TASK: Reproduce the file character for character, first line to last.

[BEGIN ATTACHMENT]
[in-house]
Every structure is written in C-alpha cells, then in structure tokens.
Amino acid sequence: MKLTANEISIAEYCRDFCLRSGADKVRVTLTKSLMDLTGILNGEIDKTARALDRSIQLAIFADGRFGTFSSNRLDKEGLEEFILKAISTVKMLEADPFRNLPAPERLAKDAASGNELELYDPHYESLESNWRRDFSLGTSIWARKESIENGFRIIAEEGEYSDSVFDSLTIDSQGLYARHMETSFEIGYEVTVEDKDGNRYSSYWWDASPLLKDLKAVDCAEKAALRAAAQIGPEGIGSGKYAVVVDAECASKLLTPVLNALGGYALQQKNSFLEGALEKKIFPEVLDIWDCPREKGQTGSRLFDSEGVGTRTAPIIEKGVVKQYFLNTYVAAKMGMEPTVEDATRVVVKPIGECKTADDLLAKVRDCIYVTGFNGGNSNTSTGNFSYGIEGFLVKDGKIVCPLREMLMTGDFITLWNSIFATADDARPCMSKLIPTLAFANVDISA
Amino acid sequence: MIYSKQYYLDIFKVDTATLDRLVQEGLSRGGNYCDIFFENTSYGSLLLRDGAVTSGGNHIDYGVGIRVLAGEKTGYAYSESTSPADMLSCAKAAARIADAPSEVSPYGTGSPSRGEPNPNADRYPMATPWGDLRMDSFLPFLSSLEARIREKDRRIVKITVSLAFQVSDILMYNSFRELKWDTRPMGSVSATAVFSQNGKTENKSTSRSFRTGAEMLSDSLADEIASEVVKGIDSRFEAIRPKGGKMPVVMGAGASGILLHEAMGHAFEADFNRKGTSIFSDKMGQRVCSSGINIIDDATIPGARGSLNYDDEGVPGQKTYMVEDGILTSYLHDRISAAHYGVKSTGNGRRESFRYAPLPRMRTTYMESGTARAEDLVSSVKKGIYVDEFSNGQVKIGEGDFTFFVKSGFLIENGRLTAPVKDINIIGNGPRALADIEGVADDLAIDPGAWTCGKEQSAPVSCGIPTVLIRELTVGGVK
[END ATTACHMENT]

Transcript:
[in-house]
Every structure is written in C-alpha cells, then in structure tokens.
Amino acid sequence: MKLTANEISIAEYCRDFCLRSGADKVRVTLTKSLMDLTGILNGEIDKTARALDRSIQLAIFADGRFGTFSSNRLDKEGLEEFILKAISTVKMLEADPFRNLPAPERLAKDAASGNELELYDPHYESLESNWRRDFSLGTSIWARKESIENGFRIIAEEGEYSDSVFDSLTIDSQGLYARHMETSFEIGYEVTVEDKDGNRYSSYWWDASPLLKDLKAVDCAEKAALRAAAQIGPEGIGSGKYAVVVDAECASKLLTPVLNALGGYALQQKNSFLEGALEKKIFPEVLDIWDCPREKGQTGSRLFDSEGVGTRTAPIIEKGVVKQYFLNTYVAAKMGMEPTVEDATRVVVKPIGECKTADDLLAKVRDCIYVTGFNGGNSNTSTGNFSYGIEGFLVKDGKIVCPLREMLMTGDFITLWNSIFATADDARPCMSKLIPTLAFANVDISA
Amino acid sequence: MIYSKQYYLDIFKVDTATLDRLVQEGLSRGGNYCDIFFENTSYGSLLLRDGAVTSGGNHIDYGVGIRVLAGEKTGYAYSESTSPADMLSCAKAAARIADAPSEVSPYGTGSPSRGEPNPNADRYPMATPWGDLRMDSFLPFLSSLEARIREKDRRIVKITVSLAFQVSDILMYNSFRELKWDTRPMGSVSATAVFSQNGKTENKSTSRSFRTGAEMLSDSLADEIASEVVKGIDSRFEAIRPKGGKMPVVMGAGASGILLHEAMGHAFEADFNRKGTSIFSDKMGQRVCSSGINIIDDATIPGARGSLNYDDEGVPGQKTYMVEDGILTSYLHDRISAAHYGVKSTGNGRRESFRYAPLPRMRTTYMESGTARAEDLVSSVKKGIYVDEFSNGQVKIGEGDFTFFVKSGFLIENGRLTAPVKDINIIGNGPRALADIEGVADDLAIDPGAWTCGKEQSAPVSCGIPTVLIRELTVGGVK